We are fortunate to have Boz Groden involved as one of the artists commissioned by Cymerau - the Hydrocitizenship case study in Mid Wales. He is a very inclusive artist, who creates meaningful, quirky, yet accessible work which invariably provokes a response and even heated debates. Humour and satire may initially distract (or lure) the observer, who might then realise that there are very weighty themes to take on board. Often, his cartoons are multi-perspectival, provocative, and environmental in focus.
Sara: For the person who doesn’t know you at all, how would
you summarise your relationship with Borth?
Boz: I almost lived in Borth by accident, the first time, and
we lived right on the seafront. It was somewhere cheap to live, and it was out
of season, and windy, and winter. Over those few months, I suddenly realised
that I had to get in the sea nearly every day. Then, when I moved inland, I missed it, and the people. I missed the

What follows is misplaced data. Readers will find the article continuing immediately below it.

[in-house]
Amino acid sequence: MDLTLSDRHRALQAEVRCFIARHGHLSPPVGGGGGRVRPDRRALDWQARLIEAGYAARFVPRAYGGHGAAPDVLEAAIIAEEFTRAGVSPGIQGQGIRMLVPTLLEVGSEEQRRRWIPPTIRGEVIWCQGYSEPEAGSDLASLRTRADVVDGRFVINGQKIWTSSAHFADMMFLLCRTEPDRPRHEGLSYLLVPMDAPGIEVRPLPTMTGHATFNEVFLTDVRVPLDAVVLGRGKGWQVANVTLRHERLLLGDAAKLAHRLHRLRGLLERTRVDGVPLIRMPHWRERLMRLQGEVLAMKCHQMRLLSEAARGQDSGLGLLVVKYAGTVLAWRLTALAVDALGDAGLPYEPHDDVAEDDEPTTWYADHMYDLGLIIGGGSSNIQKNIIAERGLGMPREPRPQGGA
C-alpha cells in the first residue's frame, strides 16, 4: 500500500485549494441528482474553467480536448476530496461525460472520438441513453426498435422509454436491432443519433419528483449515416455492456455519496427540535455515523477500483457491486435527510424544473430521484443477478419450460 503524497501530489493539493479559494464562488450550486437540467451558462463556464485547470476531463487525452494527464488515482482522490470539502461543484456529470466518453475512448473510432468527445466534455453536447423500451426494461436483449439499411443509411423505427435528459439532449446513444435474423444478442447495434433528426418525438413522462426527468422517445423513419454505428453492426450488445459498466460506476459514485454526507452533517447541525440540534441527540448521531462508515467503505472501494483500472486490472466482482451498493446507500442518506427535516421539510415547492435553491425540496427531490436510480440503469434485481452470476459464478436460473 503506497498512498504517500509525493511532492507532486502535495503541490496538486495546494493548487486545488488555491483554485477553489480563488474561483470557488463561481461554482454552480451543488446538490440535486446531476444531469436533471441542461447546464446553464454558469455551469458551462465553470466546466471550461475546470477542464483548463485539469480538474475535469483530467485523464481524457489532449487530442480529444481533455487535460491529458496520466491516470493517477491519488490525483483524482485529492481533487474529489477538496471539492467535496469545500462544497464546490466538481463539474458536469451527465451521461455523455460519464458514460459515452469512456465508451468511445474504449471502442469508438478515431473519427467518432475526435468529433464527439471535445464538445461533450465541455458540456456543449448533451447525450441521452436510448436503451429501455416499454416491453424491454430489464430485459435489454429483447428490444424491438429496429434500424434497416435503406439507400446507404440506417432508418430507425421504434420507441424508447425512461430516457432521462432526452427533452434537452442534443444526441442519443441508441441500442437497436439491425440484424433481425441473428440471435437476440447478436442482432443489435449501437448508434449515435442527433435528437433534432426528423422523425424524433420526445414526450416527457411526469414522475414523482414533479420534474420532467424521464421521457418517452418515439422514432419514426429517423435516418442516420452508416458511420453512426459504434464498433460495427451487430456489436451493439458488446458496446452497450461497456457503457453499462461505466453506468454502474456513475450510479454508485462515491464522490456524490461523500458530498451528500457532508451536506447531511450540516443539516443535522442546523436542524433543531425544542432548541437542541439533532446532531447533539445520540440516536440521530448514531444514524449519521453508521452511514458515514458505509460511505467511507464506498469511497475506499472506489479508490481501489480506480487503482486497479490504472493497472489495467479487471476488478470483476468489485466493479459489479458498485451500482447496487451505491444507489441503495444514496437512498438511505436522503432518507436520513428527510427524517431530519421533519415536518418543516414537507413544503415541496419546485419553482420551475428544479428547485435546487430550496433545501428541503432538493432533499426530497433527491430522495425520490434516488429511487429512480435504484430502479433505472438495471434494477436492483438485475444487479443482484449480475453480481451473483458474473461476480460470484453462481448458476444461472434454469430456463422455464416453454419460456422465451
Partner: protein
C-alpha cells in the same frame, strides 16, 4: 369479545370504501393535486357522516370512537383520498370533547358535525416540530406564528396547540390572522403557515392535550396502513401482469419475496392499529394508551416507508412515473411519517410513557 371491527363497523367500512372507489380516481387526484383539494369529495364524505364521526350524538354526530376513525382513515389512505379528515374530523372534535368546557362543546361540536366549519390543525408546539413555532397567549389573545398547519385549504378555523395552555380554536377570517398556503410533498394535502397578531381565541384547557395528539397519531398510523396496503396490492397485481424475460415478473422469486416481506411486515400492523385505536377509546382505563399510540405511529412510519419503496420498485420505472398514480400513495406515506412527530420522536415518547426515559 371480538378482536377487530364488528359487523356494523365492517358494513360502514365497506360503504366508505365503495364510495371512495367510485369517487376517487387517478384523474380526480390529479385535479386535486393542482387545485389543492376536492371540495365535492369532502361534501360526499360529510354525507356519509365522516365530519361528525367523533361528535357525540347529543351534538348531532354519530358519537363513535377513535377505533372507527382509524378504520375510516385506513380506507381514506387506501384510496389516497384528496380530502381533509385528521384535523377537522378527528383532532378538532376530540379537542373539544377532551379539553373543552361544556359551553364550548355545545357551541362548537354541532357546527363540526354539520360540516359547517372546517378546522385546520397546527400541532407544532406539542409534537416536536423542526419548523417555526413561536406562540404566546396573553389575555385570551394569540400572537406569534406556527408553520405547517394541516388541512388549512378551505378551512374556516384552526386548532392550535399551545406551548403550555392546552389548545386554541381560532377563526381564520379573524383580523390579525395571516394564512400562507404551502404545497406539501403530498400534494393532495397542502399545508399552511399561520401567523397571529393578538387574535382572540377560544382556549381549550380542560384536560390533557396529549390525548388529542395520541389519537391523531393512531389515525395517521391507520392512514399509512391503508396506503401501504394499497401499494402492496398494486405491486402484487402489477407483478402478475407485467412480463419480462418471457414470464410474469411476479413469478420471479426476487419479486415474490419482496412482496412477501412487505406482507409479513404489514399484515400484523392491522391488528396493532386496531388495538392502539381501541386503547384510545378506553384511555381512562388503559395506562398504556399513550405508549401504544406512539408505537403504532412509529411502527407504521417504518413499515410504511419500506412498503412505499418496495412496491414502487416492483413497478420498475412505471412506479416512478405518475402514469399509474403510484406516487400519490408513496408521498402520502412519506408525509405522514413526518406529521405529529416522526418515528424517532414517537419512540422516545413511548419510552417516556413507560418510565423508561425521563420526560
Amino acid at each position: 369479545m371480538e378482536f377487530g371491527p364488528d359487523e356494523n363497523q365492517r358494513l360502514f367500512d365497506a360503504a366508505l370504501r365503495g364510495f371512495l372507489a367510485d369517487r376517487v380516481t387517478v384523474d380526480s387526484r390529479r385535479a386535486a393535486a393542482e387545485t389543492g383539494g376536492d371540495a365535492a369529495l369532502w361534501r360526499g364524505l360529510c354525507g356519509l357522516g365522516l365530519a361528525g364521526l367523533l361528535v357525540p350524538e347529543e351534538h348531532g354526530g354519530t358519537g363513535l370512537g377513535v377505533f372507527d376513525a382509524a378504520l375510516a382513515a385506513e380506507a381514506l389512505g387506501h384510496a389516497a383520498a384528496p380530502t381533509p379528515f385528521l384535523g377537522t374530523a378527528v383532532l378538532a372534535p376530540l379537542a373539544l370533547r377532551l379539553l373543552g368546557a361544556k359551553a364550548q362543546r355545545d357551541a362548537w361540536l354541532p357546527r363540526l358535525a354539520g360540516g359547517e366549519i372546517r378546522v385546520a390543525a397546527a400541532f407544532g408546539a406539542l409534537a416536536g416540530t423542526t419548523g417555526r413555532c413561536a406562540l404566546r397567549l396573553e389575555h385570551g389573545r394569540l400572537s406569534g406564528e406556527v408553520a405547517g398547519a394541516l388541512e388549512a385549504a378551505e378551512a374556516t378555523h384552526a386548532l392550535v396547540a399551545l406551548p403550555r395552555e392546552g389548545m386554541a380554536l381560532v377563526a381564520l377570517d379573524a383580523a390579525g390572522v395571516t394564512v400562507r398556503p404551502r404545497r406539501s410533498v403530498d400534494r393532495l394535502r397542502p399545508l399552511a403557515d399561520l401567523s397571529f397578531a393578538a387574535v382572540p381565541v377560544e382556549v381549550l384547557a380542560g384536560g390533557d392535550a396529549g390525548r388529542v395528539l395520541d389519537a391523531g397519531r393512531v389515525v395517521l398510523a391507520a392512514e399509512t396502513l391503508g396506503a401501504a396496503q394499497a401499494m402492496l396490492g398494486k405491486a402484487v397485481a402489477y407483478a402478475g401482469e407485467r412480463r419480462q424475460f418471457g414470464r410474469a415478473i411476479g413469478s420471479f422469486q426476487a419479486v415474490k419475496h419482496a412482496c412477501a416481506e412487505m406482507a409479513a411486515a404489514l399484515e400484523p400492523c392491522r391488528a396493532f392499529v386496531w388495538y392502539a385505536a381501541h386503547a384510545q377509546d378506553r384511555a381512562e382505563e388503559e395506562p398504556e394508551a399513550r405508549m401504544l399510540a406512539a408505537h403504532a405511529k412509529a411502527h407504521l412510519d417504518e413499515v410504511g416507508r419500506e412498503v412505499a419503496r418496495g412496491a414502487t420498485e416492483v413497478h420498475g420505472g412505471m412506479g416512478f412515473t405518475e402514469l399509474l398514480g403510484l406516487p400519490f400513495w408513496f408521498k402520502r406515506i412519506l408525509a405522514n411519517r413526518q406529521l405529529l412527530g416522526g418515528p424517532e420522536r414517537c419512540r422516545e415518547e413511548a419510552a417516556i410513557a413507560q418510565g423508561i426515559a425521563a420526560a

kind of attitude that was around the village that didn’t seem to exist in other
places anymore. I juggled things around to be able to come back, and I made it work, and discovered that there were people that were
willing to do things here. There were a whole range of different people who normally
would be separated into their little communities: 'we do this activity and
that’s what we do, and we don’t mix with those people'. But in Borth, people
don’t care about that. We were a bunch of penniless students, and there’d be a
millionaire next door who used to come down once a month, and throw lavish